Andrey Tereschenko and Ivan Zelenin
Pepeliaev Group - Taxand
Andrey Tereschenko and Ivan Zelenin of Pepeliaev Group – Taxand round up the latest developments in Russian tax law and outline what the next year will hold for taxpayers.
Russia has finally passed a new transfer pricing law. It will come into force on January 1 2012.
Federal Law No. 227-FZ, which makes extensive amendments to the Russian Tax Code with regard to transfer pricing rules, was officially published on July 22 2011. Such amendments are due to come into force on January 1 2012, so the Russian Federal Tax Authority has already created a new department of transfer pricing and international cooperation. This department's staff will be drawn not only from public officials, but also from private businesses.
After the law comes into force, the Russian tax authority will exercise control over:
- Transactions between affiliated entities (the definition of an affiliate has been significantly broadened and extended), if
• the transactions total more than RUB1 billion ($35 million) during a year;
• one of the affiliated entities is involved in extracting minerals;
• only one of affiliated entities benefits from special tax treatment (i.e. is subject to unified tax on imputed income, or a simplified tax system, or unified agricultural tax, or is a party to a Production Sharing Agreement, or is a resident of a Russian special economic zone), but the other does not;
• at least one of the affiliated entities is not a corporate income tax payer (CIT) or applies a 0% CIT rate to its income.
- Cross-border trade transactions involving commodities traded on a global exchange markets;
- Transactions between entities, if one of such entities is resident or is registered in a country (territory) mentioned in the Russian Finance Ministry's so-called blacklist of offshore territories which can be used unlawfully to a party's tax advantage.
- Transactions involving specific entities or facilities which can be used unlawfully to a party's tax advantage (for example, transactions involving entities which benefit from special tax treatment; those involving off-shore companies).
And after January 1 2012, the Russian tax authority will have no control over:
- Barter transactions; and
- Transactions with a price differing from the market price by more than 20% (this provision has been a significant issue for many taxpayers doing business in Russia).
At the same time, the transactions of domestic affiliated entities are controlled when their volume is more than: RUB3 billion a year in 2012; RUB2 billion a year in 2013; and RUB1 billion a year in 2014 and in subsequent years.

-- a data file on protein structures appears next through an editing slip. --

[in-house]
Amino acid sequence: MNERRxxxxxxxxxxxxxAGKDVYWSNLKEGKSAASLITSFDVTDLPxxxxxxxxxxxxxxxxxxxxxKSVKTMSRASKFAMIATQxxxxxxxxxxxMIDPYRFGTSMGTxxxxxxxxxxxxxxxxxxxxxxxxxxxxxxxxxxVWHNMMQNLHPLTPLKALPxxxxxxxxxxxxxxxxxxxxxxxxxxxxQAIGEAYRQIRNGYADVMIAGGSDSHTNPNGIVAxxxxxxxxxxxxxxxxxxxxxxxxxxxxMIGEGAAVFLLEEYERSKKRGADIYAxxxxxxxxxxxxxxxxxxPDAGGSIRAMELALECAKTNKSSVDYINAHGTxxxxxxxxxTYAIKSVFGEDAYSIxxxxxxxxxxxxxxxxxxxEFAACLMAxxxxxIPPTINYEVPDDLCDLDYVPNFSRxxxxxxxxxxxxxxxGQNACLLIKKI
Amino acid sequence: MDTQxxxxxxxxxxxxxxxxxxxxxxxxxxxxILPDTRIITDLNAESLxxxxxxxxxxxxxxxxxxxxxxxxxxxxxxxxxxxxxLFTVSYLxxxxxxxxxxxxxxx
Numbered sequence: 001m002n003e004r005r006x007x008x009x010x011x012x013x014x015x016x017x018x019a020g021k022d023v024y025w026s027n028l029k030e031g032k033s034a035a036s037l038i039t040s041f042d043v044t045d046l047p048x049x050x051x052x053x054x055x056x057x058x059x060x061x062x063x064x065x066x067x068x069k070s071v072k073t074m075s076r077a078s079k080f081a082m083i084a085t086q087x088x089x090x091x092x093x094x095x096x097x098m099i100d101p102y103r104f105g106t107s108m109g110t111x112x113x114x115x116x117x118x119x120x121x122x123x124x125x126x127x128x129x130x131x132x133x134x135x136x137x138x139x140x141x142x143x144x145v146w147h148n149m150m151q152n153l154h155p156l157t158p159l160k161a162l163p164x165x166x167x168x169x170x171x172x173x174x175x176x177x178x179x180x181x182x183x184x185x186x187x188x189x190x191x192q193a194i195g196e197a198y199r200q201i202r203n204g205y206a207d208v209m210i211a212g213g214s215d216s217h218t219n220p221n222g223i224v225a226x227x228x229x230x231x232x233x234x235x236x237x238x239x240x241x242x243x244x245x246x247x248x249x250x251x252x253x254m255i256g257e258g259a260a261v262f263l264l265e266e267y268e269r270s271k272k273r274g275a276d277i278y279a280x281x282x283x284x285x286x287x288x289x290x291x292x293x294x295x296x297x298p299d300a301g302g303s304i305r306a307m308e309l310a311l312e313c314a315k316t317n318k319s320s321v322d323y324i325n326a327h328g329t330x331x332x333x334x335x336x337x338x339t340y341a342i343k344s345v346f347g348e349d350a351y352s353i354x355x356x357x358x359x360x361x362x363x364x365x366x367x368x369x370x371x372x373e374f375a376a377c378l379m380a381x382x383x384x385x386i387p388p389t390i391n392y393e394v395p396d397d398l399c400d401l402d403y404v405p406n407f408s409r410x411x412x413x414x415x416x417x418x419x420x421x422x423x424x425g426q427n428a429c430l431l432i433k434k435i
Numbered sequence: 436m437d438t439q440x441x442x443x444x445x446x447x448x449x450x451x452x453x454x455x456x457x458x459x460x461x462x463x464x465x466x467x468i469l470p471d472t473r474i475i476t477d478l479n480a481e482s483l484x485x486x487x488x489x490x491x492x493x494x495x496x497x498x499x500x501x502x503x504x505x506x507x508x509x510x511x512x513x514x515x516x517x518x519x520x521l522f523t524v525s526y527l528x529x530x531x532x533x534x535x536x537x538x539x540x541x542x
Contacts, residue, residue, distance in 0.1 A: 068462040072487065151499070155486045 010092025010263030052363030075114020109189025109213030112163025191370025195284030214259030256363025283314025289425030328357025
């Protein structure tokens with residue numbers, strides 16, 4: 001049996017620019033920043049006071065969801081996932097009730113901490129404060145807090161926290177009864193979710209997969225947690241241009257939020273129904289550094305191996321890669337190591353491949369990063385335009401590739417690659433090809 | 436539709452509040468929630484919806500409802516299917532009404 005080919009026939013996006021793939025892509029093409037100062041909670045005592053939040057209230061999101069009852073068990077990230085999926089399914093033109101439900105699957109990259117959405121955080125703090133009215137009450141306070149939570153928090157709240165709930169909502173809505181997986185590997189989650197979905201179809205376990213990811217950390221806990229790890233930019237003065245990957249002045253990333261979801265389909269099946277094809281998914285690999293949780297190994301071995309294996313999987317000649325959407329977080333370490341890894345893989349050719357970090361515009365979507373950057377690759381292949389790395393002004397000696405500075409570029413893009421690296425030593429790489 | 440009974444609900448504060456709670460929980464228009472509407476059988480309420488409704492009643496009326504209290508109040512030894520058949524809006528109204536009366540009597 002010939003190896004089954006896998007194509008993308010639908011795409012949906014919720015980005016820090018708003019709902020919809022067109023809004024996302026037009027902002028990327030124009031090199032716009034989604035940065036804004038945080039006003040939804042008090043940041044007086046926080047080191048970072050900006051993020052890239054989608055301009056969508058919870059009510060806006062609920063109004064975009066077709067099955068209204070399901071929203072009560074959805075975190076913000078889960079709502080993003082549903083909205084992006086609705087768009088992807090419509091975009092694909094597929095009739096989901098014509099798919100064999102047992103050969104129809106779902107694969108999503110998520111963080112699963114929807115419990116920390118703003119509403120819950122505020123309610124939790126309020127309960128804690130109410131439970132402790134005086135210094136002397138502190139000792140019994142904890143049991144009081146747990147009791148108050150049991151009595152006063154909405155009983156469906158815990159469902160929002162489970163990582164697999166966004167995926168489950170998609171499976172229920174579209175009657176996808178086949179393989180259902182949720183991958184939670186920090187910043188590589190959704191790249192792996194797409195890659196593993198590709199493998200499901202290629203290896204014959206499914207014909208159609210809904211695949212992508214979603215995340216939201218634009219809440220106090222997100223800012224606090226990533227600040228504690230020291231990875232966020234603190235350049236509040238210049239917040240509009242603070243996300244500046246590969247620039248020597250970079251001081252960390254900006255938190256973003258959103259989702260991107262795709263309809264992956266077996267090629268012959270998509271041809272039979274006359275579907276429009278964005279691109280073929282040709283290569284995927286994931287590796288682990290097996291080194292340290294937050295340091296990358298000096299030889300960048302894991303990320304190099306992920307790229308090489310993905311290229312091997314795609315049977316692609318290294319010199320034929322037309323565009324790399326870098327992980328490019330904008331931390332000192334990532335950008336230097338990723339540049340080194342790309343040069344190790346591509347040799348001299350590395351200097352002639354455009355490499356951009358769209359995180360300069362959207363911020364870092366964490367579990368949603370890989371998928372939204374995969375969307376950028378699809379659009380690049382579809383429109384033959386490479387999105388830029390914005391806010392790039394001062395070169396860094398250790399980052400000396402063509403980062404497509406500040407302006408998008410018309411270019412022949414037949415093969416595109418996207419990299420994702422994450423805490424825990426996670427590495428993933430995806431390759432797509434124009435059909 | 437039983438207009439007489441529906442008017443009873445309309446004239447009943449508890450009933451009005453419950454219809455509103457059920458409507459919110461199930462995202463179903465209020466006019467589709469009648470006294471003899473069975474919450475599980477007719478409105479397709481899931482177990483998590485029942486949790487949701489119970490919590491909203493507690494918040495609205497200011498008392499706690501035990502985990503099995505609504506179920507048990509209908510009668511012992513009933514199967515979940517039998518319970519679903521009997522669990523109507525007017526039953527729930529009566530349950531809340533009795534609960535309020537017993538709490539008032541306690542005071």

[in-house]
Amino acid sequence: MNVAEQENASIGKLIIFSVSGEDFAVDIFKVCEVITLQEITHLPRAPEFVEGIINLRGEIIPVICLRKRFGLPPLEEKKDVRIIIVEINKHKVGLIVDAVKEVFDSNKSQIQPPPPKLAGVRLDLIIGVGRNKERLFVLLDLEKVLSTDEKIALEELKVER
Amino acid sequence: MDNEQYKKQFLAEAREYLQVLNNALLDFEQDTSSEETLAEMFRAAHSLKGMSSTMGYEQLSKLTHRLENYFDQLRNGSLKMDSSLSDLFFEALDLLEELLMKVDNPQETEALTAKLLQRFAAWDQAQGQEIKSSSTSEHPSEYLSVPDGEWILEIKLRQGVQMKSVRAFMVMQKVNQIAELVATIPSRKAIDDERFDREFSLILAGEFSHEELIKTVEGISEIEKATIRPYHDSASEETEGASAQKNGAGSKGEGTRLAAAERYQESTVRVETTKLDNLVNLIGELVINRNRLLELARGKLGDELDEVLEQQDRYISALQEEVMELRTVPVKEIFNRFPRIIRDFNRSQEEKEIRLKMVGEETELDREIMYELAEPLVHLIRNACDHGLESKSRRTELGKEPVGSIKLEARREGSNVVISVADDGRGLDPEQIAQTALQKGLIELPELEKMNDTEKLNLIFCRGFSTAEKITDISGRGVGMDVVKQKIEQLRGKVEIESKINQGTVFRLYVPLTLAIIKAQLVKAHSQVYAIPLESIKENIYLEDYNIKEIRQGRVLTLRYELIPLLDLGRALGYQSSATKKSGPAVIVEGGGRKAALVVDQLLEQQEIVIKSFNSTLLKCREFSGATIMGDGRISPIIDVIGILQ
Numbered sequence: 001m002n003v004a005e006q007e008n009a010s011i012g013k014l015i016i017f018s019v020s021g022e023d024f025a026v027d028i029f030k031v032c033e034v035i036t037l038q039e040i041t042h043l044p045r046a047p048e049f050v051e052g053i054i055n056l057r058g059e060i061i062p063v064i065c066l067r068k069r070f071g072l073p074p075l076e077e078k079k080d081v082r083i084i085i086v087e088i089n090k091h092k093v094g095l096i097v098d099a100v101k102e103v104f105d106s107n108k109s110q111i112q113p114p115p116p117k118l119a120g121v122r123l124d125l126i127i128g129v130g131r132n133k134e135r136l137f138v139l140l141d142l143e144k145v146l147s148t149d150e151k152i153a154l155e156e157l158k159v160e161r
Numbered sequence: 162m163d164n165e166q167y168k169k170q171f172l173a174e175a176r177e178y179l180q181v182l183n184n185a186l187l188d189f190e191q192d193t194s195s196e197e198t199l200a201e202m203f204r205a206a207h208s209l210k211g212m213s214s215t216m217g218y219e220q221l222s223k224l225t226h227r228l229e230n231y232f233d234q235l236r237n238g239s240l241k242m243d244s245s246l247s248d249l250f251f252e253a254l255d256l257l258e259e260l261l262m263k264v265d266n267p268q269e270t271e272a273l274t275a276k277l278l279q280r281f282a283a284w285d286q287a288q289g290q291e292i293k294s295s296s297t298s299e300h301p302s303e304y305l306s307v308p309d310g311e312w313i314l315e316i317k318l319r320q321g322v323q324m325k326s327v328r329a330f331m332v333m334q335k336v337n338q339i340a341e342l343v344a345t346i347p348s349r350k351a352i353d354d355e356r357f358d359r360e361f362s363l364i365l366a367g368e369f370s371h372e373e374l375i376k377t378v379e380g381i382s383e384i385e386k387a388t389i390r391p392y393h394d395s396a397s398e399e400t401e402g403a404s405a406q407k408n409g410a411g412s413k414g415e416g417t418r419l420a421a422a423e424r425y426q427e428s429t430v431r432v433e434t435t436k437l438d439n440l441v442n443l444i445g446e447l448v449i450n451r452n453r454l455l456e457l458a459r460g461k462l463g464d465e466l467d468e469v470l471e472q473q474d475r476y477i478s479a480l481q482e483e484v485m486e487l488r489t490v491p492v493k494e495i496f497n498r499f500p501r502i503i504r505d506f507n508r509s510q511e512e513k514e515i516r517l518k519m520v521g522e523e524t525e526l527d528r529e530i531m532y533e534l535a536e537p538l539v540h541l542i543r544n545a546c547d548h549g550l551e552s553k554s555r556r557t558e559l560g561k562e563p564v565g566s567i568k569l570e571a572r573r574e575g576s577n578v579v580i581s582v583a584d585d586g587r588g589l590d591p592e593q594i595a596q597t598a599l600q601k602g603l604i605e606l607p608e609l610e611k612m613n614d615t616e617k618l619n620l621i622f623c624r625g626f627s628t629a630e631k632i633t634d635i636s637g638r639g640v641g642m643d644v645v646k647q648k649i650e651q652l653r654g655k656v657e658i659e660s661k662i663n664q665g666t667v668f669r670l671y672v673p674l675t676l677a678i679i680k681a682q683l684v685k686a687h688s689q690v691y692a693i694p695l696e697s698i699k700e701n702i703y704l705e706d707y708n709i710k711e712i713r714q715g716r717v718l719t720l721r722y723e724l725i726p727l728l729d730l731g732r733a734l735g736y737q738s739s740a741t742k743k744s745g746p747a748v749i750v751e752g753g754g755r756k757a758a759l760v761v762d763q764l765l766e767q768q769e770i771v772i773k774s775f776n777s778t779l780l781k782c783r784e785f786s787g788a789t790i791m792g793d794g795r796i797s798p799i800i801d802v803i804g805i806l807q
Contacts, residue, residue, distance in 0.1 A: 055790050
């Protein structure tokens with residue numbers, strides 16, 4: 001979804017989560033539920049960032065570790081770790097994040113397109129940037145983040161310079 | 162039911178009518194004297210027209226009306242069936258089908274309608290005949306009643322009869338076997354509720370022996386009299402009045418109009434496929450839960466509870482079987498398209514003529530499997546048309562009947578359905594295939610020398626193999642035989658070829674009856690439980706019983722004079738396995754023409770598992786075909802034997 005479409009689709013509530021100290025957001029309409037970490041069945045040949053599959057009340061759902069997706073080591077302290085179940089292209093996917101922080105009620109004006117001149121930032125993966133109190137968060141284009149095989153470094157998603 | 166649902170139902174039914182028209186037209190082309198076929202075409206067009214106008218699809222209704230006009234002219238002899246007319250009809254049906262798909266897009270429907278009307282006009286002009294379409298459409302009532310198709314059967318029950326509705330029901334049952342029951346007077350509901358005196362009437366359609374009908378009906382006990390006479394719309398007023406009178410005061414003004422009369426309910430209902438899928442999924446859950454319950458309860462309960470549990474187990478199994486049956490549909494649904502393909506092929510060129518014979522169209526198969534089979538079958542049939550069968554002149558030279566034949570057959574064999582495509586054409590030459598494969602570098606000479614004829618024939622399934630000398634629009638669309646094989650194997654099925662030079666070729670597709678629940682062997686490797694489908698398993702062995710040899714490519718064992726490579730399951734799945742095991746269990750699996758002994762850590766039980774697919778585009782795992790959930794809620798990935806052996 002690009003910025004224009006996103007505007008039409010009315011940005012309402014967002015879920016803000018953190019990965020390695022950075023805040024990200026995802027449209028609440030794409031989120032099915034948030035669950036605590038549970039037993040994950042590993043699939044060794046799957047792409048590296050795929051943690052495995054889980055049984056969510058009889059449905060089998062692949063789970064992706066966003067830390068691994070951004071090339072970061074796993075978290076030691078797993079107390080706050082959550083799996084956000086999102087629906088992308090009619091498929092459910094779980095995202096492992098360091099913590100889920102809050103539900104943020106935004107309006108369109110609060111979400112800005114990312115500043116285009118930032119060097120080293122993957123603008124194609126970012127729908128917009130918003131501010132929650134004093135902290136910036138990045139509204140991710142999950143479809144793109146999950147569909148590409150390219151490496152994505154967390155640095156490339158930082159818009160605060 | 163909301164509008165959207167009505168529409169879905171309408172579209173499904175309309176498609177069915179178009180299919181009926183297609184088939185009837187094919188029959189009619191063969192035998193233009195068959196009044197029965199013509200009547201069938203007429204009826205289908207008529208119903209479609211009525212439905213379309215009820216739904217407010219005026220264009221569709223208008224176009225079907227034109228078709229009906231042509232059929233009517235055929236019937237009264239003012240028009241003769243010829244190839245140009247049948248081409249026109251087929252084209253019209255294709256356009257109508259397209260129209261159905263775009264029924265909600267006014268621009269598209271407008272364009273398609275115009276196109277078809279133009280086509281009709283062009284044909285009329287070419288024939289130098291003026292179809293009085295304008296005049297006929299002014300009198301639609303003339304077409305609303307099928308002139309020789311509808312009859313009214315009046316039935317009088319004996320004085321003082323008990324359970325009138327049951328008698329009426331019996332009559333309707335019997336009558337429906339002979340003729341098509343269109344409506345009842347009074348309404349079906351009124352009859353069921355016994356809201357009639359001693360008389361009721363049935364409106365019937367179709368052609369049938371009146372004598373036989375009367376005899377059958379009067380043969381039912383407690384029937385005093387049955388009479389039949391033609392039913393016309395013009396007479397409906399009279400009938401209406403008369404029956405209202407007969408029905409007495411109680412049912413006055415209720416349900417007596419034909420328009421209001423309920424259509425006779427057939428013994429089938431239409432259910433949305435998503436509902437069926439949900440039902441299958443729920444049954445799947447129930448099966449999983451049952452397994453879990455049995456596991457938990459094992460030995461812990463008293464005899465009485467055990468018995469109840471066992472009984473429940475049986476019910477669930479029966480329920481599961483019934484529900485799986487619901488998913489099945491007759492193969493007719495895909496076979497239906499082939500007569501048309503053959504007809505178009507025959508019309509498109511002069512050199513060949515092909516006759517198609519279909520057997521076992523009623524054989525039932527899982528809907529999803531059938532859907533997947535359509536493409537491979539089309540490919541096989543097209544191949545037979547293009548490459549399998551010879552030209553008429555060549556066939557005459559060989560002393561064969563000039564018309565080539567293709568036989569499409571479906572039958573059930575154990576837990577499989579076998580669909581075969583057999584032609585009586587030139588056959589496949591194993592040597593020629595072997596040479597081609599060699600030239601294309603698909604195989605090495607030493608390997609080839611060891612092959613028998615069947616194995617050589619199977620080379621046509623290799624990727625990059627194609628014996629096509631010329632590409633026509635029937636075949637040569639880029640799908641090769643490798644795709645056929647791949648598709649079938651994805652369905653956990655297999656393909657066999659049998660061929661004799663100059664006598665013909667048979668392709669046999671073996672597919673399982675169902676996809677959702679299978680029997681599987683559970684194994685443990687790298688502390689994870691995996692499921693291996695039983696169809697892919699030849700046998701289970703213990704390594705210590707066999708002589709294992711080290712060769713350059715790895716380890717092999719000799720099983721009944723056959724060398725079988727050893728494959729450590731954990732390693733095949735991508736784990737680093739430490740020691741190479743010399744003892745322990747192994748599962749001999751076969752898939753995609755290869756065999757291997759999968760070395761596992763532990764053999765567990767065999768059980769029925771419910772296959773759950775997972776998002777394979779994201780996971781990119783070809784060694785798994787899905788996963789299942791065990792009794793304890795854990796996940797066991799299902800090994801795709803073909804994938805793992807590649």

The law provides new methods for determining market price. From 2013 the Russian tax authority will be able to use three old methods:
- Identical or similar goods method;
- Re-sale price method; and
- Cost-plus method.
and two new methods:
- Comparable profitability method; and
- Distribution of profits method.
The procedure for exchanging information is also going to change. Taxpayers should inform the tax authority about every transaction that is subject to control. Documents relating to such transactions should be given after May 20 in the year after the year in which the transaction takes place. These documents will be used in a desk tax audit, which can last for six months (usually a desk tax audit in Russia lasts for three months, though this can be extended). If any violations of the law are revealed, the tax authority draws up a report and the taxpayer has 20 working days to reply (usually a taxpayer has only 10 working days to reply to a tax audit report).
According to the law, so-called major taxpayers (such as those which have been recognised under the relevant legislation) may conclude an agreement with the tax authorities laying down the conditions for assessing prices and selecting the methods to be used in transfer pricing.
Where one party to a transaction is assessed to additional tax, the law requires the tax authority to make the corresponding correction in relation to the other party to the transaction. Such correction should be made pursuant to a notification to the tax office, without tax records and accounting source documents being corrected.
The law also sets out new principles in relation to the tax authority obtaining information to allow it to determine market prices.
The law is very complex, so many issues are expected to arise in practice regarding price formation. For now every taxpayer would be advised to check its pricing policy and make any necessary changes to ensure that the policy complies with the new rules.
Draft law on consolidated tax reporting
The draft law on consolidation of a group of taxpayers for profit tax purposes has been submitted to the State Duma. The document is an integral component of the way the transfer pricing rules are to be implemented. It is anticipated that the draft law will be adopted in time to enter into force from 2012.